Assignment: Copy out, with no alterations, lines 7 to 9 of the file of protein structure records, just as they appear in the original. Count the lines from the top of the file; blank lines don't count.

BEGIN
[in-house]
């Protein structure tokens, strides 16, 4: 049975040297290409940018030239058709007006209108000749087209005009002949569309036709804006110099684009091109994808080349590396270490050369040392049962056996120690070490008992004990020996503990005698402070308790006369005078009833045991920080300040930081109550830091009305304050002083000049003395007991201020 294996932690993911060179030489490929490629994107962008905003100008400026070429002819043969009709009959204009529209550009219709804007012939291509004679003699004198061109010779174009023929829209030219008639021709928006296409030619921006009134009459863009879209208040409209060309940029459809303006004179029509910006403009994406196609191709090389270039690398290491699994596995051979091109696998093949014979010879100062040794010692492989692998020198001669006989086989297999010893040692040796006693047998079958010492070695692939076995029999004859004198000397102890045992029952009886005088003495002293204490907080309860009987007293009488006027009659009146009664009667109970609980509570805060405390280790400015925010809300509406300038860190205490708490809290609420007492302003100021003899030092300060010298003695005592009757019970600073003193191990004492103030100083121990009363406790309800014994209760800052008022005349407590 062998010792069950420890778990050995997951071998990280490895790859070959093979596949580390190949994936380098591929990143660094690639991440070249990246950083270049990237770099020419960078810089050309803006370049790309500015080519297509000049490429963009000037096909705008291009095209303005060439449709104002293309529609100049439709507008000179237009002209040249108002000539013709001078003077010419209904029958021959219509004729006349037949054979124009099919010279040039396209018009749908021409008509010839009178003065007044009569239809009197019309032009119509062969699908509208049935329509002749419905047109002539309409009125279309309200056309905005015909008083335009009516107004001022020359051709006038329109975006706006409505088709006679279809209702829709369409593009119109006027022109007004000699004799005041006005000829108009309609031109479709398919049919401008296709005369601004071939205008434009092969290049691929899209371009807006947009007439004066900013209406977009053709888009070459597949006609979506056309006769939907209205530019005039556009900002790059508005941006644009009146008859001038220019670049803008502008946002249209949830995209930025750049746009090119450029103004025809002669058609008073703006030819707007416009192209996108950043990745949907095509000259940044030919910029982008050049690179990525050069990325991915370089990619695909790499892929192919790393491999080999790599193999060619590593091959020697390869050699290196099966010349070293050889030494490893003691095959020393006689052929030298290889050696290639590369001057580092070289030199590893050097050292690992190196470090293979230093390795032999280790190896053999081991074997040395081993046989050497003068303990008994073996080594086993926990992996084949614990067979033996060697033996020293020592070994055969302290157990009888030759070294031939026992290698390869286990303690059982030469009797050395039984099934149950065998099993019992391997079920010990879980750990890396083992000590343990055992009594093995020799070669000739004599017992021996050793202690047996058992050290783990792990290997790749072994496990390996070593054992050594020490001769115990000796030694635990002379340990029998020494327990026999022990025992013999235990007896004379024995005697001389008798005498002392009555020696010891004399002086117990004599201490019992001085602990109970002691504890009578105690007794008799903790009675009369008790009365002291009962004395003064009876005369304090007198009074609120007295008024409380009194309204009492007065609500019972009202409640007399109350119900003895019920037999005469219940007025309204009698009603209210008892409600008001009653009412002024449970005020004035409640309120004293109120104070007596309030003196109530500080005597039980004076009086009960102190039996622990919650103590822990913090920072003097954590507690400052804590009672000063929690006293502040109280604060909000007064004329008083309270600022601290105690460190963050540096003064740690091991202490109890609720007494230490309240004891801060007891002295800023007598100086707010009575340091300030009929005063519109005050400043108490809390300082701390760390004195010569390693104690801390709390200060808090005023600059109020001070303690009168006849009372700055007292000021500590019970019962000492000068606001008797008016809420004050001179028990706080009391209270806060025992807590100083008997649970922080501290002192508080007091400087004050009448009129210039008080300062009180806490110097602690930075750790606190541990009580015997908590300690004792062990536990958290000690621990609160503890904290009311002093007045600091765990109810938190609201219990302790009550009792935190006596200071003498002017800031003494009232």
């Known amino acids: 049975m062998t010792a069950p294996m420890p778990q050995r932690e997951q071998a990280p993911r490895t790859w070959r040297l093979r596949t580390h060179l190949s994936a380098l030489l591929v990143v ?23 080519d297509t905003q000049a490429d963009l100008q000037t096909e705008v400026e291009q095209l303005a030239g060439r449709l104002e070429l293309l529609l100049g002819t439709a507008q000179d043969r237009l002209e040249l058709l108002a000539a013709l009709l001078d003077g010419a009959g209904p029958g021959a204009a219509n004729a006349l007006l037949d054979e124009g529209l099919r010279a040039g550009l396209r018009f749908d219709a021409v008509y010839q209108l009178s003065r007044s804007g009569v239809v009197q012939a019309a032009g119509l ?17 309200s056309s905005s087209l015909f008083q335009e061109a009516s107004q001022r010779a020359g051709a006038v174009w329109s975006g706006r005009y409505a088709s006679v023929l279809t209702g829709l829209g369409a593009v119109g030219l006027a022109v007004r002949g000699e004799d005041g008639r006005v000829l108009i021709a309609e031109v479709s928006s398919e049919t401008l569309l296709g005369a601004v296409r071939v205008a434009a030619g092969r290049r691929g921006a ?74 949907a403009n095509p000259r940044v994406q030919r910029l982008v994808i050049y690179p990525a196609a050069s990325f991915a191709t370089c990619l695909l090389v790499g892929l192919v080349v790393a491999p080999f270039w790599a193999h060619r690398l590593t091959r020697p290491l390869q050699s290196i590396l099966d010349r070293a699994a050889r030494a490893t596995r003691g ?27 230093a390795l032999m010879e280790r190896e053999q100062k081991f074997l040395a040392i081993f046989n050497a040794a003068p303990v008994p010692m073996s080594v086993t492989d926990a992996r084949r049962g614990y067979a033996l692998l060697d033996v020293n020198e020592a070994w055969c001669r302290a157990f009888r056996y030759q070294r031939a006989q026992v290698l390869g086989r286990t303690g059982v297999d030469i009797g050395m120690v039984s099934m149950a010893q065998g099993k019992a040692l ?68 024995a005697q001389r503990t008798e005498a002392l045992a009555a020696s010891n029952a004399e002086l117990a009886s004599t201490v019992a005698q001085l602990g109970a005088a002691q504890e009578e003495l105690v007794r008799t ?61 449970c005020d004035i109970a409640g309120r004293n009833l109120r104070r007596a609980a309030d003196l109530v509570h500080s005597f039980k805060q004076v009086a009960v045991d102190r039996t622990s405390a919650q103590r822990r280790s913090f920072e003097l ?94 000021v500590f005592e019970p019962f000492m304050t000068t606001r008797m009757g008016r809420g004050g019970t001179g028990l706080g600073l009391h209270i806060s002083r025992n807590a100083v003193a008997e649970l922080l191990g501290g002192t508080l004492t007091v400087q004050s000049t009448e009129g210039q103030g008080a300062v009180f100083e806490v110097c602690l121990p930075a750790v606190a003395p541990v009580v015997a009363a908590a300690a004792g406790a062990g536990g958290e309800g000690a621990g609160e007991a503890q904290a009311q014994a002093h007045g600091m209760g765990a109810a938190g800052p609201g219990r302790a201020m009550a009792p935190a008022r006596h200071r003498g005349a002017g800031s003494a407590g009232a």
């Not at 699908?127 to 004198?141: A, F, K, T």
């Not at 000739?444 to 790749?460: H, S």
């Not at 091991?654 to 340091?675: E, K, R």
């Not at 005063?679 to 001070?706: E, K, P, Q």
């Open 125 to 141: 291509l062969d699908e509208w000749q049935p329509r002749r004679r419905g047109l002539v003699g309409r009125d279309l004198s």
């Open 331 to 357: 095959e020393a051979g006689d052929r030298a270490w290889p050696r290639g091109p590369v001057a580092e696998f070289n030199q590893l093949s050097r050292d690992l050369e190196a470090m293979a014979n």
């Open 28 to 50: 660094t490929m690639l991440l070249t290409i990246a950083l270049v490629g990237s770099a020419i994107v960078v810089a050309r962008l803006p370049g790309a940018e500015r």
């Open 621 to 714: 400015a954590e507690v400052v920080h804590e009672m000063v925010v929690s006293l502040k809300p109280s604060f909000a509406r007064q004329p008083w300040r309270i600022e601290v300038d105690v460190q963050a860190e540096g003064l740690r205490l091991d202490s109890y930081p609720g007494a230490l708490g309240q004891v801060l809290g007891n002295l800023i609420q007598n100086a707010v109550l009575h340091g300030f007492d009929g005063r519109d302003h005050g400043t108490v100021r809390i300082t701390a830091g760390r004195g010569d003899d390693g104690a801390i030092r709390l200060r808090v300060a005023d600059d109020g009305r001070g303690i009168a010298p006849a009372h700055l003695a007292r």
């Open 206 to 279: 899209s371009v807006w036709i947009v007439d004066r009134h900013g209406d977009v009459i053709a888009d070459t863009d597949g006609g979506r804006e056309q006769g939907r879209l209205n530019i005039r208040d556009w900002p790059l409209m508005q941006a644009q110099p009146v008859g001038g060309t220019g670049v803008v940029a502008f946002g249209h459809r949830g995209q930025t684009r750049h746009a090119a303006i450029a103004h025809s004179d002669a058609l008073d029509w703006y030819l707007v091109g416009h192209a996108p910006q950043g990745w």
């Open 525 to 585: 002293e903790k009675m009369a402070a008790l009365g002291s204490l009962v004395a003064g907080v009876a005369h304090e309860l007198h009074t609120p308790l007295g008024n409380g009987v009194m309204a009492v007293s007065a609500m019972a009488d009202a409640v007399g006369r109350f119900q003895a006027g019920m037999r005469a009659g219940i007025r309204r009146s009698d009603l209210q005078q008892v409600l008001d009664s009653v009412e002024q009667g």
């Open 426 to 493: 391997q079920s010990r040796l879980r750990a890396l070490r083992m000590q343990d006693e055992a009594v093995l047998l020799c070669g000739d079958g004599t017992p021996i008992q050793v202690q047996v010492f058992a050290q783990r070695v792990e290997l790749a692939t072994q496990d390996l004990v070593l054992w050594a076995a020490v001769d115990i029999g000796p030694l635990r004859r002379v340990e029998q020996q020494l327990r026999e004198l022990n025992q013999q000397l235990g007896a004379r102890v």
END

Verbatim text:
């Not at 005063?679 to 001070?706: E, K, P, Q």
């Open 125 to 141: 291509l062969d699908e509208w000749q049935p329509r002749r004679r419905g047109l002539v003699g309409r009125d279309l004198s």
């Open 331 to 357: 095959e020393a051979g006689d052929r030298a270490w290889p050696r290639g091109p590369v001057a580092e696998f070289n030199q590893l093949s050097r050292d690992l050369e190196a470090m293979a014979n």